Dr. Pat Allen is a collaborative physician. Her patients, she believes, will be her best partners in providing diagnostic information—as long as they are asked the right questions. She also believes in consulting with the best medical minds on issues that require specialization or unique clinical experience.

 Today, to explain the considerable difference in credentials between a physical therapist and a personal trainer, she calls on the expertise of Evelyn Hecht, a licensed physical therapist with a private practice in New York City.


Dear Dr. Pat:

I injured my knee playing soccer with my teenagers. I am reasonably fit, but I twisted the ankle in an unexpected turn. I was fine until the next day; then I had constant pain on the inside of my knee. It was reasonably well controlled with over-the-counter ibuprofen every six hours for a week. I never had any swelling, so I thought this would get better with time. But after I stopped the ibuprofen, the pain seemed worse than at the start of my injury.

My personal trainer, with whom I have worked out for years, suggested that I stop all weight-bearing exercise and begin to work on strengthening the muscles around my knee. He assured me that he had worked with many athletes who’d had a similar problem, and that in a month I would be back to my regular physical activity. 

The problem did not get better. I wondered if I should see a physical therapist; a friend of mine sees one for joint issues and thinks she is great. What is the difference between a physical therapist and a personal trainer?  Do I need a doctor’s referral in order to be evaluated by a physical therapist?


Dear Joan:

So glad that you are continuing to stay in shape and that you are enjoying healthy outdoor athletic activity with your adolescent children. Your questions are common ones that many people are interested in: “Who should I see first when I have a musculo-skeletal injury? What is the difference between a personal trainer who oversees an exercise program and a licensed physical therapist?”

The nature of the injury to the medial aspect of your knee should direct you first to an orthopedist or a physician who specializes in joint injuries. Either may then direct you to a reputable licensed physical therapist, who should have years of education and training in the evaluation and treatment of pain syndromes and joint injuries. While under New York law patients may see a physical therapist without a referral from a physician, I would suggest that in your case you be evaluated first by a doctor, who may order imaging tests to determine if there has been any structural damage that would have an impact on the treatment program.

I have asked licensed physical therapist Evelyn Hecht, president of EMH Physical Therapy, to discuss your questions in more detail.

               Dr. Patricia Allen


Physical Therapist, Personal Trainer—What’s the Difference?
By Evelyn Hecht, PT, ATC

Dear Joan:

Physical Therapists (PTs) are healthcare providers who have a minimum of seven years of medical education/training and have passed their State Education Department licensing exam in order to practice the profession of physical therapy.  PTs examine and treat a wide range of ailments, including neck/back pain, sports injuries, arthritis, burns, heart disease, post-op surgery of shoulders/hips/knees, sciatica, stroke, and trauma.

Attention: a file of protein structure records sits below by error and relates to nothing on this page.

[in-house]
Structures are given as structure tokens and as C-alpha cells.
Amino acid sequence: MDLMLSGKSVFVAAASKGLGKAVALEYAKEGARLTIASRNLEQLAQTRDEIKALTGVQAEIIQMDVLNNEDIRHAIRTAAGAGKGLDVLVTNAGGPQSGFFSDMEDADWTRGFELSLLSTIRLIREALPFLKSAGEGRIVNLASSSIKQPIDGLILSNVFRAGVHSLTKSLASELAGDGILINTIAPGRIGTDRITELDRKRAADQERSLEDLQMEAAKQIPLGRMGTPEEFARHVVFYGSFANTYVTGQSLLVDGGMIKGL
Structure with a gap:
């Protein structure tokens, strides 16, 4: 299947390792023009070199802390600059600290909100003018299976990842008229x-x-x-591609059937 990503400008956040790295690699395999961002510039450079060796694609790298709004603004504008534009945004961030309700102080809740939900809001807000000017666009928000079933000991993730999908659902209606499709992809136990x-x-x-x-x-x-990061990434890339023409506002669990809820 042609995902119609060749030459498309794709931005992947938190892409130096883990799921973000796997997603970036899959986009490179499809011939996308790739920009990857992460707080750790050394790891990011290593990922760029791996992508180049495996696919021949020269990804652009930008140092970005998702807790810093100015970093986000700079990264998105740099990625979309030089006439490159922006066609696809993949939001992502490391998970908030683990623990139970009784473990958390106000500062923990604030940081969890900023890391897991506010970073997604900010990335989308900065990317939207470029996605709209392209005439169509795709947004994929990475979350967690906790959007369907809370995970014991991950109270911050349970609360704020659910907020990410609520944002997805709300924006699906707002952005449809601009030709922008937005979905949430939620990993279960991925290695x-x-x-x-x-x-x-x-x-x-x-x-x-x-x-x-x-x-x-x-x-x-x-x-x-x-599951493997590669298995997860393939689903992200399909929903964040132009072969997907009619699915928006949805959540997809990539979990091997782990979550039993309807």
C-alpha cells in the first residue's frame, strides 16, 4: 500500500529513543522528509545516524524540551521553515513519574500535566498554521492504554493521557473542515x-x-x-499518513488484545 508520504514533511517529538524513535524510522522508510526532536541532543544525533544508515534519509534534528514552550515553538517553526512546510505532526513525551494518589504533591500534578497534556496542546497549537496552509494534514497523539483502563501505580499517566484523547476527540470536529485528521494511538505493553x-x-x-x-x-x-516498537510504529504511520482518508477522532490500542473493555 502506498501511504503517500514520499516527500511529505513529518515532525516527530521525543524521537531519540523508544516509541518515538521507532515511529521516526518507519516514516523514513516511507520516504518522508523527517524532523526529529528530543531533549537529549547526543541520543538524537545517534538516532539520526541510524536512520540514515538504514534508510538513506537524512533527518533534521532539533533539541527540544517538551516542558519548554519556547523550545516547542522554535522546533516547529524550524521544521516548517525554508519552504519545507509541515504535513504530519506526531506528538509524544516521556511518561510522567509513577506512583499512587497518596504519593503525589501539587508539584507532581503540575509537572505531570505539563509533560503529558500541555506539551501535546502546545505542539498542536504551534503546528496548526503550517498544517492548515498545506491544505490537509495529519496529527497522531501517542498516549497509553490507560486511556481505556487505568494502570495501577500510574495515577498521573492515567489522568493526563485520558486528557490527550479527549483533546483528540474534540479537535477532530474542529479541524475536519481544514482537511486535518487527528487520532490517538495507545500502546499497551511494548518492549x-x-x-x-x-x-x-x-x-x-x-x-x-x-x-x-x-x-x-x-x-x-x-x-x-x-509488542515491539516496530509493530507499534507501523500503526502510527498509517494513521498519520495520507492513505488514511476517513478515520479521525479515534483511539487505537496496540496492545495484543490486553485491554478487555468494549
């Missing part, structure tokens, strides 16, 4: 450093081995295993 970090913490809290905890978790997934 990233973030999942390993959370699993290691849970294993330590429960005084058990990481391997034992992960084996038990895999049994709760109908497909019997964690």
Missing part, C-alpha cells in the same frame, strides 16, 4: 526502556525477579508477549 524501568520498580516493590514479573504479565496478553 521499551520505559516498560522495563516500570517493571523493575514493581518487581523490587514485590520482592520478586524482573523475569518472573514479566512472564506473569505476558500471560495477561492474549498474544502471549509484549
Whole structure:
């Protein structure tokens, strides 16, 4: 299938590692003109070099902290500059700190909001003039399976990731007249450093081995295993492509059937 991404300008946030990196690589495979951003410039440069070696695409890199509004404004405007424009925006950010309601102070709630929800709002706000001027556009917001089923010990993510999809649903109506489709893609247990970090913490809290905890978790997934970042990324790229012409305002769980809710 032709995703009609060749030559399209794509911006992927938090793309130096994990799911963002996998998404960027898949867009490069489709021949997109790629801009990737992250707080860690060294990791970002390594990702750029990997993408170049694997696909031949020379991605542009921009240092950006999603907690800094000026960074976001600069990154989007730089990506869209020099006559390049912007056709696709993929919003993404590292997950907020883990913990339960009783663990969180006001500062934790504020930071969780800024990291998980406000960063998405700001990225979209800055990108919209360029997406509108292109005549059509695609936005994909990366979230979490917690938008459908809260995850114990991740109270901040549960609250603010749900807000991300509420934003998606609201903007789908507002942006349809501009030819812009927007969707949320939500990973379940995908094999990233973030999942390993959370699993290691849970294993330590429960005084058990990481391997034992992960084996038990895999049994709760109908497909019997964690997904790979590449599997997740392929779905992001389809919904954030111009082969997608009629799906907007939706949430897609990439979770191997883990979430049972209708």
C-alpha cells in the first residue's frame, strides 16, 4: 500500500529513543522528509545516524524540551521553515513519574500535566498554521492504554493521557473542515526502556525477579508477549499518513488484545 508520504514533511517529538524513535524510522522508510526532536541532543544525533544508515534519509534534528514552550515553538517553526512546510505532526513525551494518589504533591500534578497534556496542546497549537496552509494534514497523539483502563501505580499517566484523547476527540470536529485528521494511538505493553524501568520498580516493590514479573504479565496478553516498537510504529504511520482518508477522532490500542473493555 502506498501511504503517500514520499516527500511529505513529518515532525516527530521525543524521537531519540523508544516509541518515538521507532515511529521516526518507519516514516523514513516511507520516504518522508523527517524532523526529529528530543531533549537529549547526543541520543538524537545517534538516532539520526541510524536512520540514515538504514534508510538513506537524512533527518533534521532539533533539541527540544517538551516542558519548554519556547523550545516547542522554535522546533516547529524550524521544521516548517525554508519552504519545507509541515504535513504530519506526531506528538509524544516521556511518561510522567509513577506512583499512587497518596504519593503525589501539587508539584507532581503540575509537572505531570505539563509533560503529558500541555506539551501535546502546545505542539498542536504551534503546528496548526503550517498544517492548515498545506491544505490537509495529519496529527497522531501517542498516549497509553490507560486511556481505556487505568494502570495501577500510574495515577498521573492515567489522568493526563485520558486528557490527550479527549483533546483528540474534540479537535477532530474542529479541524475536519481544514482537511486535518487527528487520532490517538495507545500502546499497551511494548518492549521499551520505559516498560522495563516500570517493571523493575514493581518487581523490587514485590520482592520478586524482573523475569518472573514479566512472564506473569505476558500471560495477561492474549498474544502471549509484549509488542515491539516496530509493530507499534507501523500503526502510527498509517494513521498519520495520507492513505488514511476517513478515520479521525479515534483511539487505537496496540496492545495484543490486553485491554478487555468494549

Personal trainers do not have physical therapists’ seven years of educational requirements, their scope of medical knowledge, and the months of “hands on” clinical internships they have served in hospitals, rehab centers, and private practices. Also, PTs receive a license from the State Education Department.  Most personal trainers receive a certificate after passing a written test given by the company/organization offering such programs. One organization offers 75 hours of study and direct-contact education (which is great, but very rare). Many certificate programs are self-study online courses with no direct-contact training. One online program offers a self-study personal training certification for $69.95. Some fitness centers require their personal trainers to attend their in-house training programs to improve their skills.


What a Physical Therapy Knows

Anatomical knowledge is the framework upon which PTs understand physiological processes, evaluate pathology and trauma, and design the best intervention strategies for optimum recovery and function. Accordingly, the student PT studies or receives—

•human anatomy and movement sciences; this includes dissecting a human cadaver to appreciate alignment and position of nerves, muscles, and bones

• basic medical sciences, biomechanics, neuroanatomy, pathology, mechanics of injury, and the theory/practice of physical therapy

• rehabilitative procedures such as manual therapies, therapeutic exercises, use of modalities, sports training, balance, and coordination

• hands-on experience through a number of eight-week clinical internships.

Objective tests and measurements for multiple diagnoses are taught and practiced. These tests are used as benchmarks to report improvement during physical therapy and to help motivate patients to continue with therapy, if needed, and perform their home exercises.

In Short—

Personal trainers help healthy clients attain improved fitness; they should refer any injured client to a PT for guidance and treatment. PTs refer their discharged patients to gyms/personal trainers once their patients are fully rehabilitated.


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